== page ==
Sunday, October 14, 2012

We used to make things in this country. #63: Frost & Wood Co., Smiths Falls Ontario

I recently discovered this old monkey wrench at a thrift store:



I wasn't familiar with "Frost and Wood" and assumed initially that it was probably a small tool manufacturer and that I would find little information on the Web.  How wrong I was.

Frost & Wood was the first Canadian manufacturer of agricultural implements. In 1839 Ebenezer Frost moved from Vermont to Smith's Falls, Ontario to found a blacksmithy and foundry. They manufactured plow tips, stoves, and plows. In 1846 he and Alexander Wood formed a joint company, Frost and Wood, to oversee the Smiths Falls Foundry and Agricultural Works.  They used the Rideau Canal to ship their products, but the railway came to Smiths Falls in 1859, allowing them to vastly expand their markets. By 1860, there were around 46 farm implement companies in Canada.  Frost & Wood's 1864 product line consisted of over 750 agricultural machines, plus "Drag and Cross-cut Sawing machine, Stumping Machines, Shingle Machines, Grist and Sawmill castings..."  In 1906, a fire destroyed much of the factory, which took a year to rebuild at considerable cost.  For this and other reasons, the company accumulated a great deal of debt and, to stay afloat, in 1909 it was arranged for the Cockshutt Plow Company of Brantford, Ontario to purchase 27 percent of the shares of Frost and Wood. Subsequently many of their tractor implements were made by F&W. Cockshutt Plow earned distribution rights for F&W products west of Peterborough, Ontario, while Frost & Wood took over distribution of Cockshutt offerings east of that city. In 1924, Cockshutt assumed complete control, and renamed F&W their "Harvester Division."  In the next few decades both companies prospered (F&W became the biggest employer in Smiths Falls), but both also began losing market share to American firms, especially after tariffs on American imports to Canada were reduced. During World War II, Frost & Wood production was turned over to making bolts and bushings for Lancaster bombers, artillery shells and hand grenades, so much so that the company became the largest munitions manufacturer in eastern Ontario. A very important contribution was Flax Lifter, part of which was Tow Scutcher which pulled flax fibres apart, allowing them to be spun into linen which was then used to cover aircraft wings After the war, the company's fortunes declined, to the point where employees began calling it "Fret and Worry."  In 1955, when it was announced that the factory would be closing its doors, many employees broke windows and tossed their tools down into the Rideau Canal below.  The factory was completely demolished in 1961, and its site was redeveloped as a shopping mall and hotel.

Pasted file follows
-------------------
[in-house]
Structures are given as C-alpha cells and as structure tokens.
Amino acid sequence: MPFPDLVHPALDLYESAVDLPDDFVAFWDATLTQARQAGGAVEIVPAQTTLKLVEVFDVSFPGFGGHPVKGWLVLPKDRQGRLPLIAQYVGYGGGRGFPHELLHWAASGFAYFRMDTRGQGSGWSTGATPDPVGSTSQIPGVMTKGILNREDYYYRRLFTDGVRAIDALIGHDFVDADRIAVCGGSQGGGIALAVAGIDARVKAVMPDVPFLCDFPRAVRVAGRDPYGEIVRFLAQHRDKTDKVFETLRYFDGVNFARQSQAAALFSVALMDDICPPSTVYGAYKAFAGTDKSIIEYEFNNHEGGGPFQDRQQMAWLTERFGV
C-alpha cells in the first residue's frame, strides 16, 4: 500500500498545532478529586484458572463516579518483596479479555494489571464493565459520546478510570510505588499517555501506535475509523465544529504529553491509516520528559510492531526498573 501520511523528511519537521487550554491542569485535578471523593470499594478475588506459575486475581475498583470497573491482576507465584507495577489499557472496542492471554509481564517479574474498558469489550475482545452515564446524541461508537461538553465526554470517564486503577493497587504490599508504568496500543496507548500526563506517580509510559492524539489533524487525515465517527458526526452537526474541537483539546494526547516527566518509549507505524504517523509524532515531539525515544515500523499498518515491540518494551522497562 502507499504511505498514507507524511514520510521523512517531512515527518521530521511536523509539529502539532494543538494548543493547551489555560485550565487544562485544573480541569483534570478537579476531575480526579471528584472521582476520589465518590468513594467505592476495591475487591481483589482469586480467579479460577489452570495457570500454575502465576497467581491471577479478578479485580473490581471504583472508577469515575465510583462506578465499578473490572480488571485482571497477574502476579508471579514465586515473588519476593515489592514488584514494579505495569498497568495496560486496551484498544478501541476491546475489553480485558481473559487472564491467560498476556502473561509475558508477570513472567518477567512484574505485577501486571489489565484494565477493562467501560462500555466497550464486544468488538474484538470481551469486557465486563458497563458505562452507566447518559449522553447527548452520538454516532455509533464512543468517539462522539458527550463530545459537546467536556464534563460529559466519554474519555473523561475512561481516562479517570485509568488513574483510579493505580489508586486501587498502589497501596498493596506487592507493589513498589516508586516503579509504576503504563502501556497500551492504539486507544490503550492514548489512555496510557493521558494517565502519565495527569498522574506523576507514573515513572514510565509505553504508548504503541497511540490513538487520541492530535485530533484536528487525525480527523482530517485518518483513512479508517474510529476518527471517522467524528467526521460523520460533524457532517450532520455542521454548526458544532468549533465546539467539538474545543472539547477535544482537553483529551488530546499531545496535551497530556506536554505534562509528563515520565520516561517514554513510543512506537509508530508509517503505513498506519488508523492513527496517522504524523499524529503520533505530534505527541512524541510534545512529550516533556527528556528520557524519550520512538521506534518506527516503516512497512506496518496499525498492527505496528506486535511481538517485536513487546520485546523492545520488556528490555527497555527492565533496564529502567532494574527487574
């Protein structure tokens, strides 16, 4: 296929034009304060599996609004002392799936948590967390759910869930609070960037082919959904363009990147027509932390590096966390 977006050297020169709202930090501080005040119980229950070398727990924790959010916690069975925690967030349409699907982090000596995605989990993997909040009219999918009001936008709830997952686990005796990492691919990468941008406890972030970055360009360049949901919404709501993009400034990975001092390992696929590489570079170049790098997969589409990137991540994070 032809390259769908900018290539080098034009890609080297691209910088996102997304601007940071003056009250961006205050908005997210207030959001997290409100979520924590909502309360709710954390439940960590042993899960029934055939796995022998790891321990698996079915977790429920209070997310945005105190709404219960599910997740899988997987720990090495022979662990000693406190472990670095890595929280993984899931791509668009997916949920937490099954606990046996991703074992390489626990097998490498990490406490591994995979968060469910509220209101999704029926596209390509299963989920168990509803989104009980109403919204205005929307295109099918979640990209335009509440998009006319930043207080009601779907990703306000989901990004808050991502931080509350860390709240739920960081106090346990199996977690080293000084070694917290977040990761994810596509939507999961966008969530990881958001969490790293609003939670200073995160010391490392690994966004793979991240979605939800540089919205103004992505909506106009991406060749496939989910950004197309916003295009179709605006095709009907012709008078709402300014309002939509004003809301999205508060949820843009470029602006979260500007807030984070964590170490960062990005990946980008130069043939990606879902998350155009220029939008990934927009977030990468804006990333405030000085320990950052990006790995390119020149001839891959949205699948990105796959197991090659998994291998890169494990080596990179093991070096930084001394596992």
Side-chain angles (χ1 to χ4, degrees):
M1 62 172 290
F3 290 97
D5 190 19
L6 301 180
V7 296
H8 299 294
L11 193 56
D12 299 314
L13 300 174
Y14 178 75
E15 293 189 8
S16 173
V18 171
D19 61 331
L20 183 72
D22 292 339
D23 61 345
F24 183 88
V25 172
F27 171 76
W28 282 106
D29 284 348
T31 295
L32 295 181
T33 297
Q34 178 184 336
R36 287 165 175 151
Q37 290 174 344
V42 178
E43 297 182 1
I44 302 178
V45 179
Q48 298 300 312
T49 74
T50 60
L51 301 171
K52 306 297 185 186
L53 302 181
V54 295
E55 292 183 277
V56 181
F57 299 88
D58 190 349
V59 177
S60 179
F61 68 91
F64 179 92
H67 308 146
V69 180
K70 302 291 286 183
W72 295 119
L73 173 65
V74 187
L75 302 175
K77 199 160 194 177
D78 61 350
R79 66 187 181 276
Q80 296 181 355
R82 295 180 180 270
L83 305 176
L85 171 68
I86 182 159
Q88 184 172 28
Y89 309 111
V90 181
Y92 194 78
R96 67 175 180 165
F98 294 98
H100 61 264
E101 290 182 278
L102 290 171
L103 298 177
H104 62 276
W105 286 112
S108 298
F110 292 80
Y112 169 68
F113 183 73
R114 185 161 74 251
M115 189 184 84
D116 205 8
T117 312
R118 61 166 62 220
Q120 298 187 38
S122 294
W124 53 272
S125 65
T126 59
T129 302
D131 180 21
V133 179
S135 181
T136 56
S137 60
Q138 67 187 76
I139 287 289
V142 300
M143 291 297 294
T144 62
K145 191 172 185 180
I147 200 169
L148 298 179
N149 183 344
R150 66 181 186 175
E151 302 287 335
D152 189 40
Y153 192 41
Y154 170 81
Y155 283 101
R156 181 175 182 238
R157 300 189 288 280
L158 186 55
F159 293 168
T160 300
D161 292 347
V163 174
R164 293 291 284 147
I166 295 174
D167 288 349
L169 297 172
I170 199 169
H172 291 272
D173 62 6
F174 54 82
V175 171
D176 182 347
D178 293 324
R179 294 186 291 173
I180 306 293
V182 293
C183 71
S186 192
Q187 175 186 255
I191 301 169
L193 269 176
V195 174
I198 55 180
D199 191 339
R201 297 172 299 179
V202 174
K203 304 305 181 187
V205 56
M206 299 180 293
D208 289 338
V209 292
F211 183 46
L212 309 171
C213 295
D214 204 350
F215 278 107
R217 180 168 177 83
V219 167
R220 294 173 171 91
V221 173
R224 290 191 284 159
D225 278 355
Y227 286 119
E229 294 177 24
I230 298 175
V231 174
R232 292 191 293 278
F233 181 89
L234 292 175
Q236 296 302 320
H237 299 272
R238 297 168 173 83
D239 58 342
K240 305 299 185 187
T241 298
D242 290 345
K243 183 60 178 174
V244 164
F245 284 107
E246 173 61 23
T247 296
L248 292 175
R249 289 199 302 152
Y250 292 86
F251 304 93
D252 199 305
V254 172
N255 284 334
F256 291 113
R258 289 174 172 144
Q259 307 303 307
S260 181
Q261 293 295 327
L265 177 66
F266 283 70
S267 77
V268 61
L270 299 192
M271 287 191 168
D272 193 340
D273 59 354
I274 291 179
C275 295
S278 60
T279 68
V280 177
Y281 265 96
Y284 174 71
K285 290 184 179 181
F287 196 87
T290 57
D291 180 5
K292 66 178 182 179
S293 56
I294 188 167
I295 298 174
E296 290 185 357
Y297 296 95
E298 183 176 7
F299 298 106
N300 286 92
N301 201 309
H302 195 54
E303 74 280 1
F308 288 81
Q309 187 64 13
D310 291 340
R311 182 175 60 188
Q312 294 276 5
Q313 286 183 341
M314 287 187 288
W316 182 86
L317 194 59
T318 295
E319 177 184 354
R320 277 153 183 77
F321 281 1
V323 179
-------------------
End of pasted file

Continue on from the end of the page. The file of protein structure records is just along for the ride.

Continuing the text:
The Heritage House Museum in Smiths Falls and the Virtual Museum of Canada have jointly developed a virtual exhibition:  The Legacy of Frost and Wood:  Outstanding in Their Field.

I actually visited the Smiths Falls museum, to learn that the wrench above would have been supplied with an agricultural implement made by the company, and not sold separately.
Jean S. McGill.  A Pioneer History of the County of Lanark.  Bewdley, Ontario:  Clay Publishing Co., Ltd., 1968, 1979.
1906





 Above, "Simplex" rotary lawn mower.
Above, lid for implement tool box.



Above, a scuffler seen at a local fair. 
 Above, seat for horse-drawn implement.  This was said to be one of the most important improvements in agriculture, since the farmer could now do his work seated and concentrate on controlling his horses and implement.

5 comments:

Karen said...

I have a Frost and Wood Simplex push mower (as show above) - I was wondering if you might know what this item is valued at. It is in great condition

The Duke said...

Sorry, we're just interested in this stuff, and not appraisers. You'd need to search around sites like Kijiji and ebay to find what sellers are asking. I doubt that there's a large collector's market for such items, though, so don't be surprised if the asking prices are lower than you expected.

Danny84 said...

Hi Karen,
Do you still have the Simplex push mower? If so could you contact me at dancassidy21@gmail.com?

Thanks,
Dan

Anonymous said...

i have the same pipe wrench, if anyone want it contact me boucherstef@hotmail.com (scuse my english i speaak french)

i take offer for it.

Ken Killen said...

I have the very same implement tool box cover if there is a collector interested in purchase. Ken